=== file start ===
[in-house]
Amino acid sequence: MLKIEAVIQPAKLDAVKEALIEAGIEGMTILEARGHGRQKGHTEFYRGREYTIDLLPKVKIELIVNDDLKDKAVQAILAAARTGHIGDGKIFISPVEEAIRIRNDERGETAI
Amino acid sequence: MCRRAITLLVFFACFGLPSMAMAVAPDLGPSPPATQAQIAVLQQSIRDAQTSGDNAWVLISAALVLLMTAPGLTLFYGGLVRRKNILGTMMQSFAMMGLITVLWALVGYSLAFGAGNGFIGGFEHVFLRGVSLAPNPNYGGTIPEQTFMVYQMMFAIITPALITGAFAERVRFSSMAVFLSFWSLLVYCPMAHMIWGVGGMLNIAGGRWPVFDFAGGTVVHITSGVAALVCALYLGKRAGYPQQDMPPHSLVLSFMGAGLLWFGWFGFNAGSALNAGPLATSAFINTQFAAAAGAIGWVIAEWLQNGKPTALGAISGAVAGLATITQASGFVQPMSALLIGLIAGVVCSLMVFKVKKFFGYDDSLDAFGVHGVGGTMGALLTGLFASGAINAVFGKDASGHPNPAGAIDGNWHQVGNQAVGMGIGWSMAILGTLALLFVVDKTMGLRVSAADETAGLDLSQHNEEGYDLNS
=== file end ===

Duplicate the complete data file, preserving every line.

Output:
[in-house]
Amino acid sequence: MLKIEAVIQPAKLDAVKEALIEAGIEGMTILEARGHGRQKGHTEFYRGREYTIDLLPKVKIELIVNDDLKDKAVQAILAAARTGHIGDGKIFISPVEEAIRIRNDERGETAI
Amino acid sequence: MCRRAITLLVFFACFGLPSMAMAVAPDLGPSPPATQAQIAVLQQSIRDAQTSGDNAWVLISAALVLLMTAPGLTLFYGGLVRRKNILGTMMQSFAMMGLITVLWALVGYSLAFGAGNGFIGGFEHVFLRGVSLAPNPNYGGTIPEQTFMVYQMMFAIITPALITGAFAERVRFSSMAVFLSFWSLLVYCPMAHMIWGVGGMLNIAGGRWPVFDFAGGTVVHITSGVAALVCALYLGKRAGYPQQDMPPHSLVLSFMGAGLLWFGWFGFNAGSALNAGPLATSAFINTQFAAAAGAIGWVIAEWLQNGKPTALGAISGAVAGLATITQASGFVQPMSALLIGLIAGVVCSLMVFKVKKFFGYDDSLDAFGVHGVGGTMGALLTGLFASGAINAVFGKDASGHPNPAGAIDGNWHQVGNQAVGMGIGWSMAILGTLALLFVVDKTMGLRVSAADETAGLDLSQHNEEGYDLNS